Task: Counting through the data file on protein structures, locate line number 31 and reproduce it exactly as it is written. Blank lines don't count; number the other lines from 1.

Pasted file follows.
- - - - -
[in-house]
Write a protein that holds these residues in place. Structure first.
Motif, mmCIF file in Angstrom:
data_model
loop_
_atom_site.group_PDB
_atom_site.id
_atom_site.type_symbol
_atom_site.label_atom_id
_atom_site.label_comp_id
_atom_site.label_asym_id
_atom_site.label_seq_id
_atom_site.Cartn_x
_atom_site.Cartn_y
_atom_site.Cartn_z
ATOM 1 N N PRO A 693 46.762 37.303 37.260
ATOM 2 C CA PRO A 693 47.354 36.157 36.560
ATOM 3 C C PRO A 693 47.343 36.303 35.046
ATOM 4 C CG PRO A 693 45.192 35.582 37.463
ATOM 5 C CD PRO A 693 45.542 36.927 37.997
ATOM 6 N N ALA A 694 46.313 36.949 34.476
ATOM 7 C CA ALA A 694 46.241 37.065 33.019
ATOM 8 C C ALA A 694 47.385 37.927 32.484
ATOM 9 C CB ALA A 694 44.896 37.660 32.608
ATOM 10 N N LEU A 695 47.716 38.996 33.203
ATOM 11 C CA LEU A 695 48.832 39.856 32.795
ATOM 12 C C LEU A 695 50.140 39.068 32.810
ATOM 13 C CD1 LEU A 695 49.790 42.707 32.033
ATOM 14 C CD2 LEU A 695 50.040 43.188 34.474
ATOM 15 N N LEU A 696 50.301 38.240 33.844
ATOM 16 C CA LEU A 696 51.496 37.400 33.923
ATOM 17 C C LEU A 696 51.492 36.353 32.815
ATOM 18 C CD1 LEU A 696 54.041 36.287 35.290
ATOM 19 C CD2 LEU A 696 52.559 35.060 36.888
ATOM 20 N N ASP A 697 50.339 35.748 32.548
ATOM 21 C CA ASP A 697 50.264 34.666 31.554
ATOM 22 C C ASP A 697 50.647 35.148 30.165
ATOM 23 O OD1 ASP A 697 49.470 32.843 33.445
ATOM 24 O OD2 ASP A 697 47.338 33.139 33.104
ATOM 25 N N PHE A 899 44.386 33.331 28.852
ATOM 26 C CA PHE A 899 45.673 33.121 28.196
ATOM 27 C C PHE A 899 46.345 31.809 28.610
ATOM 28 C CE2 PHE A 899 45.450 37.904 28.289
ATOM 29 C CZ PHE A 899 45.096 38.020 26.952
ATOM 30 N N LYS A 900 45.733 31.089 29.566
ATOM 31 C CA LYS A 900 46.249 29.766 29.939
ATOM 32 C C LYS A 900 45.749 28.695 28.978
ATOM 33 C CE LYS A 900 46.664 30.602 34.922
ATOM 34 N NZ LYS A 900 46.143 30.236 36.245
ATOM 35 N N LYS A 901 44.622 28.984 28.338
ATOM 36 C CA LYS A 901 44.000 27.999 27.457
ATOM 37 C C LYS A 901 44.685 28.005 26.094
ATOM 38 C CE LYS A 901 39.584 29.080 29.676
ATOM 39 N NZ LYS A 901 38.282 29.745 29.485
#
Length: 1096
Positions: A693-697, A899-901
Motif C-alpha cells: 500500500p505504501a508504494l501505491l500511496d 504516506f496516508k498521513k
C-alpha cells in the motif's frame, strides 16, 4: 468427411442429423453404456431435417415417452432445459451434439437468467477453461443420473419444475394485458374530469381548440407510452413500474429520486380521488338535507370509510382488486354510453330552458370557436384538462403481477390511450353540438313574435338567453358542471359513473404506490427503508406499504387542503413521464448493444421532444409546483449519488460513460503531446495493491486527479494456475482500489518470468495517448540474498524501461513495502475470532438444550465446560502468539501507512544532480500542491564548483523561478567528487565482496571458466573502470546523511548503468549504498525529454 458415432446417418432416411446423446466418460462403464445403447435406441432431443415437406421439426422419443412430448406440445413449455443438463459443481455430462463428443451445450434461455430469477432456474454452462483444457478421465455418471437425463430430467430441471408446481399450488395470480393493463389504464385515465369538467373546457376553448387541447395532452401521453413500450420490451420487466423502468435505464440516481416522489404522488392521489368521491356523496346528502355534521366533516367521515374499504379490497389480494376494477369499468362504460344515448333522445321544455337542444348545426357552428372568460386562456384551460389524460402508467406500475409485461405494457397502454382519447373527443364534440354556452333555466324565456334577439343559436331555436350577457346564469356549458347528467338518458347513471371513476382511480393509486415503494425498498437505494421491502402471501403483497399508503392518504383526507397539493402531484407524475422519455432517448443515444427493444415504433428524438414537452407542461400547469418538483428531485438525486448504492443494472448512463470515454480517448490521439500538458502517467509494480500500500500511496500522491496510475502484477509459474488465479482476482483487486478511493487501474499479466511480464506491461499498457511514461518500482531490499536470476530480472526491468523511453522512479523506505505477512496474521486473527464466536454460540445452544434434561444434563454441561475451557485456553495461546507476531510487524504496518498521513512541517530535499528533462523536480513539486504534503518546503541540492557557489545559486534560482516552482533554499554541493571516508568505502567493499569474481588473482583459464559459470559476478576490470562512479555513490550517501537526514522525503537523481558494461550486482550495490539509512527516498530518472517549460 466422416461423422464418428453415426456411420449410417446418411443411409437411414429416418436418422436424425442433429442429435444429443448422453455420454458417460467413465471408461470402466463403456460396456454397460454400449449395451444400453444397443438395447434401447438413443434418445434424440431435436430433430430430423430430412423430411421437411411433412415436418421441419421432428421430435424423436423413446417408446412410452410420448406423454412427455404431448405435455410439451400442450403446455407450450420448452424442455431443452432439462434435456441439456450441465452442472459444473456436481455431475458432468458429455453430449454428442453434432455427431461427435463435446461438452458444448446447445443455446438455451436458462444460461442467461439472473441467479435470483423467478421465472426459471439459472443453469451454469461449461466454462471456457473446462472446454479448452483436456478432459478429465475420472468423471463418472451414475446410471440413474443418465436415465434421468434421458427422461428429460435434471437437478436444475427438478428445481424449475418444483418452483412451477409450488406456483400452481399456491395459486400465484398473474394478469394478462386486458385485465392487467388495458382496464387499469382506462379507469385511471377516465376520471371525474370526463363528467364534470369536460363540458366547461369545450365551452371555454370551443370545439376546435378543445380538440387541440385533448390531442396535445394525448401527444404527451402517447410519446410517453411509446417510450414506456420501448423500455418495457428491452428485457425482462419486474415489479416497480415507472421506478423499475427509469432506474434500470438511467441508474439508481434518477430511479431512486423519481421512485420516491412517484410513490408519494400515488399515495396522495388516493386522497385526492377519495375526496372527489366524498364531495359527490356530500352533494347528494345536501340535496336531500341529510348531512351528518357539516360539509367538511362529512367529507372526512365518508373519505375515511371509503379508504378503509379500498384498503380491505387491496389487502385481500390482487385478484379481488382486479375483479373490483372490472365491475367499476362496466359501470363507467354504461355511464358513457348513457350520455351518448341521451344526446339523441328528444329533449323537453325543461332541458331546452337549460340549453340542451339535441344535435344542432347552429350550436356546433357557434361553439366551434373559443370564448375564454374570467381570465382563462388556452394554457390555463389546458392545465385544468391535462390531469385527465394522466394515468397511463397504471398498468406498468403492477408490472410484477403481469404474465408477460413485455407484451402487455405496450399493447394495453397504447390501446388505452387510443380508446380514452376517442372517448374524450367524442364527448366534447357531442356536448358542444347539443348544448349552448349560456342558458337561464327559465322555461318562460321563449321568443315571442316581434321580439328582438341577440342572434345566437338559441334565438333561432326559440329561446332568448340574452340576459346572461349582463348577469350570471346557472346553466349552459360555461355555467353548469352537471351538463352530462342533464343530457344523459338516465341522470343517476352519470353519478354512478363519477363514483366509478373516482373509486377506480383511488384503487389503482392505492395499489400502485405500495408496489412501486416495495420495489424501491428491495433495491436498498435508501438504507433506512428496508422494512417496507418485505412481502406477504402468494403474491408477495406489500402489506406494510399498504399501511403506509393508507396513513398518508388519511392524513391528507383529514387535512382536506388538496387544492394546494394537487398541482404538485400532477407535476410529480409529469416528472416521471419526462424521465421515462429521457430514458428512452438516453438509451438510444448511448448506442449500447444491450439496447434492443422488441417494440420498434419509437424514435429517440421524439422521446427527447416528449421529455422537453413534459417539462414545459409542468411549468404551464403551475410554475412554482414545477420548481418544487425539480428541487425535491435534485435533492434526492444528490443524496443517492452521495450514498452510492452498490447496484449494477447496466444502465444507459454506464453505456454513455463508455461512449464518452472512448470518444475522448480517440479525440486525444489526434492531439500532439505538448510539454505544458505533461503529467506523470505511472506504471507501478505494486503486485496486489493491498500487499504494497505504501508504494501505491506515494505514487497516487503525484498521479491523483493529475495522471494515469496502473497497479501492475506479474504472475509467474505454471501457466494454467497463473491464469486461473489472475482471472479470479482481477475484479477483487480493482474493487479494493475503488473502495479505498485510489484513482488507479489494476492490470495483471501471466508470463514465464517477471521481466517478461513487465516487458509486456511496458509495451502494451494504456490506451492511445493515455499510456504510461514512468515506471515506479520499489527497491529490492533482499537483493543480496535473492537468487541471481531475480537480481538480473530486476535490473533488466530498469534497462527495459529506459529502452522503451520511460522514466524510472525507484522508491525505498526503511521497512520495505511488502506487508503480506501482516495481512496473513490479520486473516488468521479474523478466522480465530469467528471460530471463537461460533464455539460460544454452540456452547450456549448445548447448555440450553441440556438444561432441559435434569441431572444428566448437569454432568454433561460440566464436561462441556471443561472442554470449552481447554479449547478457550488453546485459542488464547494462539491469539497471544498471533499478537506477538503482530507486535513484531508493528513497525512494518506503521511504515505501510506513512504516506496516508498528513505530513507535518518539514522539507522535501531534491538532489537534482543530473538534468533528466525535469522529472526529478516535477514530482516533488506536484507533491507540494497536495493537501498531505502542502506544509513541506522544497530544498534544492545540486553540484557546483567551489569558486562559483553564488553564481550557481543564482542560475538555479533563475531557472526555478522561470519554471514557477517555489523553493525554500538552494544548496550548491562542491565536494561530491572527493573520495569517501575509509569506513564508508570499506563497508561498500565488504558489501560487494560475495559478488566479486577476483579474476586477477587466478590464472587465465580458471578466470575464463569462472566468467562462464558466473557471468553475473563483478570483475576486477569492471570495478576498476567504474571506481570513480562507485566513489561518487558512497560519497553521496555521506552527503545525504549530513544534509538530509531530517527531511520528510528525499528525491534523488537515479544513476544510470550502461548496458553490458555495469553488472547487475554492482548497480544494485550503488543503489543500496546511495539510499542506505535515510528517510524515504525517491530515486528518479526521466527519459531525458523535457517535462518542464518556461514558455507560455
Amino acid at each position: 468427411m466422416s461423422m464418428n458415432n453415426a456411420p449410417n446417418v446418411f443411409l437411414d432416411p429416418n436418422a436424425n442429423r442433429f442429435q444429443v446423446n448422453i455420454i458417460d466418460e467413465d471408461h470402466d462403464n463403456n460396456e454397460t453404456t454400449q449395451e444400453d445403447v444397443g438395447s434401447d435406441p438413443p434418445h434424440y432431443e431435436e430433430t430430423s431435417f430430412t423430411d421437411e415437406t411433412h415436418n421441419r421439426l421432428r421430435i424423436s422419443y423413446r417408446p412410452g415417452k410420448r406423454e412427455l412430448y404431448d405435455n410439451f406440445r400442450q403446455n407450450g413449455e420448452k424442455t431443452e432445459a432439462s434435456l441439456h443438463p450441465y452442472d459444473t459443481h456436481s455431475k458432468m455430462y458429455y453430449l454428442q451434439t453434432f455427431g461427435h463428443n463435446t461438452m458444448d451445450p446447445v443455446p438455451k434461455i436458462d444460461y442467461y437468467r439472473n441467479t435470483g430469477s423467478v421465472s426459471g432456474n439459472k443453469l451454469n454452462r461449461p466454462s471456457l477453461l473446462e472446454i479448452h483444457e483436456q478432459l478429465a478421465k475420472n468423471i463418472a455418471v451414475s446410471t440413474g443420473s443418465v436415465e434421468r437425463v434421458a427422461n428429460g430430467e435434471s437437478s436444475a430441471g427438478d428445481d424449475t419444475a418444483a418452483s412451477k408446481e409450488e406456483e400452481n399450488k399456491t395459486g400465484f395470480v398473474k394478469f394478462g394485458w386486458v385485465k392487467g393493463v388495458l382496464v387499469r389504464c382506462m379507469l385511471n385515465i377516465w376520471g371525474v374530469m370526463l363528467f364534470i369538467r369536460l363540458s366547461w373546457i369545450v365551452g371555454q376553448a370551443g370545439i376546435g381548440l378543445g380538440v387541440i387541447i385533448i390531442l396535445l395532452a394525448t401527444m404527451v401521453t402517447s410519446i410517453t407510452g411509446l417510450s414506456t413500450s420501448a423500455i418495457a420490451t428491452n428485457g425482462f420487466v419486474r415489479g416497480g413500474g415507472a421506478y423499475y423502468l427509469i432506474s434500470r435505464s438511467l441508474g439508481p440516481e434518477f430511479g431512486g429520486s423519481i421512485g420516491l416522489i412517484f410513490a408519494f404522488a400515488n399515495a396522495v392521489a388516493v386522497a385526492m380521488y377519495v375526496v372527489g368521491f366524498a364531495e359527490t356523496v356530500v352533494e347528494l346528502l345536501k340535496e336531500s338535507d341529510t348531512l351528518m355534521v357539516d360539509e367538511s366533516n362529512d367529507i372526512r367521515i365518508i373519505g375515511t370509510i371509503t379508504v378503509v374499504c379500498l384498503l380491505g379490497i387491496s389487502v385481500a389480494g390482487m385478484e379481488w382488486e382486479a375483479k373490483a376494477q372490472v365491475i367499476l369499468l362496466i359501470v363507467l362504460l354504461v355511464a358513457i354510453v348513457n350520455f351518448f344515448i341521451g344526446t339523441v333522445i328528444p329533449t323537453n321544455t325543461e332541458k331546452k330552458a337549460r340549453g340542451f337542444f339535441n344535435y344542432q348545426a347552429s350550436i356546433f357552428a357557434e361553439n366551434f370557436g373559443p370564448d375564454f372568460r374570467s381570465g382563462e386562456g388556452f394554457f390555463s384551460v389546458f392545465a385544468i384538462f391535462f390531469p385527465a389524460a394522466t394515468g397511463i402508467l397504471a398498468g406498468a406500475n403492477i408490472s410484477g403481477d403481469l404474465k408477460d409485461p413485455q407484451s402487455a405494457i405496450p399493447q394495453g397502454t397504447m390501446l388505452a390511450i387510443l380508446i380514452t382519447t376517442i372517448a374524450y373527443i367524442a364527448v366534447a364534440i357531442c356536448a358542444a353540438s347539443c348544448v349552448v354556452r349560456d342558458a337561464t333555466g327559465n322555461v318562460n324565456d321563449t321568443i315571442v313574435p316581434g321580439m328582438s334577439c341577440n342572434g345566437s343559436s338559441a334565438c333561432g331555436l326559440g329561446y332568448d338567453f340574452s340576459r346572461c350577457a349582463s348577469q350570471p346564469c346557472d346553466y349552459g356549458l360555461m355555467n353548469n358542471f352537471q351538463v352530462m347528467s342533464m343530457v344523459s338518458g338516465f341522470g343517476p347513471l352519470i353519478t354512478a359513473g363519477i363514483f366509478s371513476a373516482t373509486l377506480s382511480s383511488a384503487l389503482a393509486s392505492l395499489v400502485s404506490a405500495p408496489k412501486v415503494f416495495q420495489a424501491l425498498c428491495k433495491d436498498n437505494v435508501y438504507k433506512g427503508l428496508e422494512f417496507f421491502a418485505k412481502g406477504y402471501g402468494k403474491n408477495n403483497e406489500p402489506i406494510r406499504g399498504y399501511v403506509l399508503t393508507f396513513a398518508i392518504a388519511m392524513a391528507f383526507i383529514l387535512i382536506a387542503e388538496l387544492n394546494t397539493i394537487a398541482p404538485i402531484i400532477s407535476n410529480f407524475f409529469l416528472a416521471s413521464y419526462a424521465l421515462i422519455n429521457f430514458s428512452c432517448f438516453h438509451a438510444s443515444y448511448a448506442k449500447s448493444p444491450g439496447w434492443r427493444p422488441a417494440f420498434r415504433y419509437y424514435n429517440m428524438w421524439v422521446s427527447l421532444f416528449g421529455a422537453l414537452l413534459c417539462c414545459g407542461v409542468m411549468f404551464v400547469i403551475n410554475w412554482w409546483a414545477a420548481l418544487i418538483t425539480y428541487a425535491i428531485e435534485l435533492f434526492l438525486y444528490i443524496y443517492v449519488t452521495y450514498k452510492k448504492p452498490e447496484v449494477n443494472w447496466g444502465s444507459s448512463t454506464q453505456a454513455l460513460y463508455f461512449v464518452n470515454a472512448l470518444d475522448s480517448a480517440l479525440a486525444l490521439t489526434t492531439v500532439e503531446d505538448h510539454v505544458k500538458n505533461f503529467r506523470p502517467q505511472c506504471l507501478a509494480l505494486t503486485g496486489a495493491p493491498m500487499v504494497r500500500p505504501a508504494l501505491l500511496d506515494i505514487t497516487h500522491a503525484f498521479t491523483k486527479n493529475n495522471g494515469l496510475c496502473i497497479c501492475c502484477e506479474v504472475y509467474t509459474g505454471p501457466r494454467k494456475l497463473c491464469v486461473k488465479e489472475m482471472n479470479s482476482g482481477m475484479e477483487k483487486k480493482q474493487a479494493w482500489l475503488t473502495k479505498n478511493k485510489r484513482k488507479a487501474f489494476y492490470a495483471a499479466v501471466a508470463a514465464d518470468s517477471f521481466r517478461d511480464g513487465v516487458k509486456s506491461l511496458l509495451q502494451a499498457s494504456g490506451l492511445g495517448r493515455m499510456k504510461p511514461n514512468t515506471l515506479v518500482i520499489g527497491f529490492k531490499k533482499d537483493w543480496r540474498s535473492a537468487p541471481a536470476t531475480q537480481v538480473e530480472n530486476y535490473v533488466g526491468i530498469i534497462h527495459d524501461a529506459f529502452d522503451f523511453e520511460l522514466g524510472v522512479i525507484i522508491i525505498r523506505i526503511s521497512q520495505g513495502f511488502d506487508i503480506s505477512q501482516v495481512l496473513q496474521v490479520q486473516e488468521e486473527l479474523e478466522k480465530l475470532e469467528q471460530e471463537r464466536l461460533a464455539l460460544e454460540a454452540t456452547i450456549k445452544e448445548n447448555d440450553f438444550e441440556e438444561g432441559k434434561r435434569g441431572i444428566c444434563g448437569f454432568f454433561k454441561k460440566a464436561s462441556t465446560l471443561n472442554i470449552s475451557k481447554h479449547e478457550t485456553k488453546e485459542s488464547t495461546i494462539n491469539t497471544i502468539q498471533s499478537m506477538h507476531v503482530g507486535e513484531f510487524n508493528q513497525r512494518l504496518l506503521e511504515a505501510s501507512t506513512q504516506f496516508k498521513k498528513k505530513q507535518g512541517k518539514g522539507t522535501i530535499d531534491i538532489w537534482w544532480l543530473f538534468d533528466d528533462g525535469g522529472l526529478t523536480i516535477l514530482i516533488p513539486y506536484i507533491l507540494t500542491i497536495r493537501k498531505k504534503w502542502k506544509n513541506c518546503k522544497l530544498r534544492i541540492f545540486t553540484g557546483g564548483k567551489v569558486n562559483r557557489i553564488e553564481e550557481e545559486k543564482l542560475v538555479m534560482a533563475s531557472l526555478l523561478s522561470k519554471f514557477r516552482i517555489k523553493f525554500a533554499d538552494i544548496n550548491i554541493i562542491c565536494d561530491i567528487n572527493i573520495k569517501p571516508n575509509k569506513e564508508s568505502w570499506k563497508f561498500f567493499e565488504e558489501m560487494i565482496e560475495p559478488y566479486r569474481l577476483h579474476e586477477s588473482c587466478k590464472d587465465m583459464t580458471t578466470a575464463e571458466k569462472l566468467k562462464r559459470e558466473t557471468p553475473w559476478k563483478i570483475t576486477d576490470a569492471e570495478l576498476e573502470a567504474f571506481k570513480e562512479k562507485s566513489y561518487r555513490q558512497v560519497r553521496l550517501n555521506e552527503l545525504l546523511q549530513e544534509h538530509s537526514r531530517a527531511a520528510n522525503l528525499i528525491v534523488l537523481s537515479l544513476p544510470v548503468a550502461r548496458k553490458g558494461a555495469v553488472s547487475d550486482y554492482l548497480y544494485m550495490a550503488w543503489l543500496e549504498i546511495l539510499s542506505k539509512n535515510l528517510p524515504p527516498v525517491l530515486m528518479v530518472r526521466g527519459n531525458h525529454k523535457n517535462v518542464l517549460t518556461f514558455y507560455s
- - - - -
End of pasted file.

ATOM 16 C CA LEU A 696 51.496 37.400 33.923